Both of these situations are very short-term in regards to the amount of time that it will take for you to accumulate the funds that you need but they could have very different investing strategies, so you need to make sure that you know exactly what your main goal is before you try to develop a strategy to meet. 

But alas, let’s finally get to the data!  This is what I found:

I broke down each of the time periods that I mentioned above by looking at the average, median, max, min and then a percentage breakdown of the frequency that this timeframe resulted in a positive or a negative gain.

As you can see, the longer time period that you look at, the more that the data will skew towards a positive outcome rather than a negative outcome.  Since the market historically has gone up 11% YOY, as I mentioned previously, this would make a ton of sense, and is also why I would always recommend lump sum investing instead of dollar cost averaging your way into the market once you determine your strategy.

To really interpret this data, I am going to think about the same exact situations that I posed earlier with the emergency fund and with saving for a new car.

With an emergency fund, the timeframe can be anywhere from 1 second – never, so that is literally the worst thing possible because you really don’t know how things are going to play out and when you’ll need this money.

So, in my opinion, I would NEVER invest my emergency fund in the market.  I would either put it in a savings account, or MAYBE a CD if you absolutely felt compelled, but even that is a bit too risky for me.  And not risky in the way that you might lose money, but risky in the way that you might need it and not have it because it’s tied up in a CD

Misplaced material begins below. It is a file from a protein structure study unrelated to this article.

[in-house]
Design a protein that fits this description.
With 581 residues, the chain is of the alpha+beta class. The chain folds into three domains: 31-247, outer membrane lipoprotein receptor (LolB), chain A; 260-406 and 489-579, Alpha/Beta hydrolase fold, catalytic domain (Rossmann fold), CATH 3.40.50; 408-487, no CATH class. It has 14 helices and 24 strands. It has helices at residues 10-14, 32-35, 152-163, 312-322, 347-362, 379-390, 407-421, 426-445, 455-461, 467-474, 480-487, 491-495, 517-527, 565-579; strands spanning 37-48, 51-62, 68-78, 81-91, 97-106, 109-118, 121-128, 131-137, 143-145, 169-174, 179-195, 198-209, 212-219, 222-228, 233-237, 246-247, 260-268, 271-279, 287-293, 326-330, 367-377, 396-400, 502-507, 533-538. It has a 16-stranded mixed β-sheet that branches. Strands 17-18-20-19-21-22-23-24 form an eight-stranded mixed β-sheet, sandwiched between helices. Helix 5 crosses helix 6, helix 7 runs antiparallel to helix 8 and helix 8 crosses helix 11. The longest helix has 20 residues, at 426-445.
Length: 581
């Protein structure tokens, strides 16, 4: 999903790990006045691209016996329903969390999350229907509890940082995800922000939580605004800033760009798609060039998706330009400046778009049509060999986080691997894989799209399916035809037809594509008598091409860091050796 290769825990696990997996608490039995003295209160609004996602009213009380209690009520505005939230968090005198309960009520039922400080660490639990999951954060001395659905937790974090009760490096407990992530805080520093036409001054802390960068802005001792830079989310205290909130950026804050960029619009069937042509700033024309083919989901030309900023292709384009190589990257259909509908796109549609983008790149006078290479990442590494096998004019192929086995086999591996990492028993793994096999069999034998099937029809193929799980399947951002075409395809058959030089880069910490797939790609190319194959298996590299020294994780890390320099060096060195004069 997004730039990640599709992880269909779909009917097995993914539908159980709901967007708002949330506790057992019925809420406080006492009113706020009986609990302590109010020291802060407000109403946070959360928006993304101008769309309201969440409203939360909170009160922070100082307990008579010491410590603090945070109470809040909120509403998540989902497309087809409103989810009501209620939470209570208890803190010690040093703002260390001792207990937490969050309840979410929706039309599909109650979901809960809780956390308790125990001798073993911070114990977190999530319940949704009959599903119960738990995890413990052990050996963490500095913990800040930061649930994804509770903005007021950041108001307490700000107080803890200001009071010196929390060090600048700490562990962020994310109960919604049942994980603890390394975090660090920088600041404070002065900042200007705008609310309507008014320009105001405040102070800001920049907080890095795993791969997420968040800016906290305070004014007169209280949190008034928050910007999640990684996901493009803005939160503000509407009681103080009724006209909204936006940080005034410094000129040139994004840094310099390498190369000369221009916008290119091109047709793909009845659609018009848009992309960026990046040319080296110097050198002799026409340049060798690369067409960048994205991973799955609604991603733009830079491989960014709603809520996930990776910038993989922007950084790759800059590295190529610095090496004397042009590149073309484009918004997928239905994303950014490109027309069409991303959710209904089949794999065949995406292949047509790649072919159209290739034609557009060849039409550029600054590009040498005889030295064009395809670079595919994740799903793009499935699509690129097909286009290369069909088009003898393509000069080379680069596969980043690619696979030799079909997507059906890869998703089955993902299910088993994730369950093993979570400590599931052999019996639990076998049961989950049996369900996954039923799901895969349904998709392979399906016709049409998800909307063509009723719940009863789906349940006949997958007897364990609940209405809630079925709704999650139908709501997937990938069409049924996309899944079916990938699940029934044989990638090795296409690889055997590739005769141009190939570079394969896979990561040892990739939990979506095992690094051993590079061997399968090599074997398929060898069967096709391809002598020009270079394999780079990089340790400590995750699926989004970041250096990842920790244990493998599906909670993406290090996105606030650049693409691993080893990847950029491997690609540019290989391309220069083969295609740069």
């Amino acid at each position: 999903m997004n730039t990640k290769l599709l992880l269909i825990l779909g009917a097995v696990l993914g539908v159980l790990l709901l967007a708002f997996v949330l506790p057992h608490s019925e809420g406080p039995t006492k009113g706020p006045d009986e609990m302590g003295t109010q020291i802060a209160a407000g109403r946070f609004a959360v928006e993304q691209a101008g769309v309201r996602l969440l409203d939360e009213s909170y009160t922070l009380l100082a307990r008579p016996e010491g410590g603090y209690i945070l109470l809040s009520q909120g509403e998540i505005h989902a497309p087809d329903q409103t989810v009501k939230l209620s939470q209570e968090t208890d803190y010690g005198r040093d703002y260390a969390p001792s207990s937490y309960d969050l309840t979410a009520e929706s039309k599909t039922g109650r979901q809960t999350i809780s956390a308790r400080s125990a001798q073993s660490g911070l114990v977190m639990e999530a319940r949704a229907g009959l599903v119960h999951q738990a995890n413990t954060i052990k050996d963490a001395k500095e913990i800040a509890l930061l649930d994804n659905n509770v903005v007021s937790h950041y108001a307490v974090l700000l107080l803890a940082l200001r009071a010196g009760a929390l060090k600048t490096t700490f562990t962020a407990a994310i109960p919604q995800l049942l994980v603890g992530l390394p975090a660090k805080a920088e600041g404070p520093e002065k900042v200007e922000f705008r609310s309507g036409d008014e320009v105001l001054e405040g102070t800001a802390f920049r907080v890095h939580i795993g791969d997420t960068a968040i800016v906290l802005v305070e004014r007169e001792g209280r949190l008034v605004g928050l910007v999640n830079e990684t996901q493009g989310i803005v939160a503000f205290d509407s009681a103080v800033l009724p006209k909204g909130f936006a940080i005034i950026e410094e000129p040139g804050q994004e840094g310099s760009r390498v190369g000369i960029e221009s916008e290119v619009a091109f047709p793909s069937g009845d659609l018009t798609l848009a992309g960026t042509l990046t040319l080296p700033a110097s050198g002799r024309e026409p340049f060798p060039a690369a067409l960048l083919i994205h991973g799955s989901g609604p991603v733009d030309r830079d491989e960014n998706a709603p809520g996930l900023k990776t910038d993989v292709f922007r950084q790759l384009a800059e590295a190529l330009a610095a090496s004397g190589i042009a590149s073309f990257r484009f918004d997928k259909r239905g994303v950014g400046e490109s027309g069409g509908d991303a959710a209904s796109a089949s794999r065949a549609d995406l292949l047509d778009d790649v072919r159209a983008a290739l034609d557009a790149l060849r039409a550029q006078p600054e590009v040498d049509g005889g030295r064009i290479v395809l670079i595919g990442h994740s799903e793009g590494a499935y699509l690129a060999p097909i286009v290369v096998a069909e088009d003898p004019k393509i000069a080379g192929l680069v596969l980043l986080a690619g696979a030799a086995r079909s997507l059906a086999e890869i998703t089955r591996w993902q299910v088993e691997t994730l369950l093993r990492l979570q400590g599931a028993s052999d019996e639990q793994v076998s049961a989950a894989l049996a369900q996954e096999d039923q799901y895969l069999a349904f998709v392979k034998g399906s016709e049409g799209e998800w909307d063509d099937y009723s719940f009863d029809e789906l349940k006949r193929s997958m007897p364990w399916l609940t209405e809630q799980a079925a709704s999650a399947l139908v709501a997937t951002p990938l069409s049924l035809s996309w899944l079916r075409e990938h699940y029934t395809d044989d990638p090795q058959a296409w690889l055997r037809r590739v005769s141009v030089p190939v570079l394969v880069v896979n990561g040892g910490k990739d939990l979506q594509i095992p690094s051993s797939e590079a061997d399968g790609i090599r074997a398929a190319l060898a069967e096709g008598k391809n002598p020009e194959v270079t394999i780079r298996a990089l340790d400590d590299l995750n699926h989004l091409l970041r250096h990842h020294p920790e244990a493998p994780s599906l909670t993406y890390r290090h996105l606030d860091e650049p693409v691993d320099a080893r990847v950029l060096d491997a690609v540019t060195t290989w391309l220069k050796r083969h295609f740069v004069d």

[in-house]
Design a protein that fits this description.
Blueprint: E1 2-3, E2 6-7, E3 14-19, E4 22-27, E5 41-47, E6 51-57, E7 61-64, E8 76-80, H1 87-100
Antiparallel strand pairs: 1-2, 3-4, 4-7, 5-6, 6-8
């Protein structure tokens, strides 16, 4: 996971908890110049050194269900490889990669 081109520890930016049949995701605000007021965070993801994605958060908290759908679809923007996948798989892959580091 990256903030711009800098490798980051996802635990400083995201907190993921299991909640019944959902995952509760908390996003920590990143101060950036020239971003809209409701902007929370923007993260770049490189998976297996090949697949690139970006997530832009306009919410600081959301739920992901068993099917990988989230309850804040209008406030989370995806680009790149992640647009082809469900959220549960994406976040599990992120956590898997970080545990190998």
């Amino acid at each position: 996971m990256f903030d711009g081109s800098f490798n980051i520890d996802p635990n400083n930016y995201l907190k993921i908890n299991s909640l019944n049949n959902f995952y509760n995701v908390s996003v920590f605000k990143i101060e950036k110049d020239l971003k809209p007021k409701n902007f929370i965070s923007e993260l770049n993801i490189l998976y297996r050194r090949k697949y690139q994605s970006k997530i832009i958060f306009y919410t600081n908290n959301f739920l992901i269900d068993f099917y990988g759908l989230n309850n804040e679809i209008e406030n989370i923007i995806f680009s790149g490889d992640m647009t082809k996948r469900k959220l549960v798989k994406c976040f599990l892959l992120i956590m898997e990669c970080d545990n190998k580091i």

So, what about the car scenario?  This is my breakdown – would I invest in the following time periods to buy a new car?

  • 1 Month – No.  The average/median return is under 1%, so if I had $10,000 then I would be looking to make $100.  The potential risk is that I lose money, which happens about 40% of the time, so I would just hold off for one month in this case.  I am so close to being able to afford this new card that I can practically taste it!
  • 3 Months – Same scenario here – also a no.  37% of the time I am losing money and that’s just a huge no for me, especially when I am talking about an average/median gain of about 2-2.5%.
  • 6 Months – Also a no and for the same reasons as noted above.
  • 9 Months – Also a no and for the same reasons as noted above.  We’re now starting to get into the point in time where I might be willing to invest IF I was also willing to wait for longer to get the car.  For instance, if I was on pace for 9 months but willing to go to 18 months, then maybe I would be willing to do it, but it would certainly be a gamble.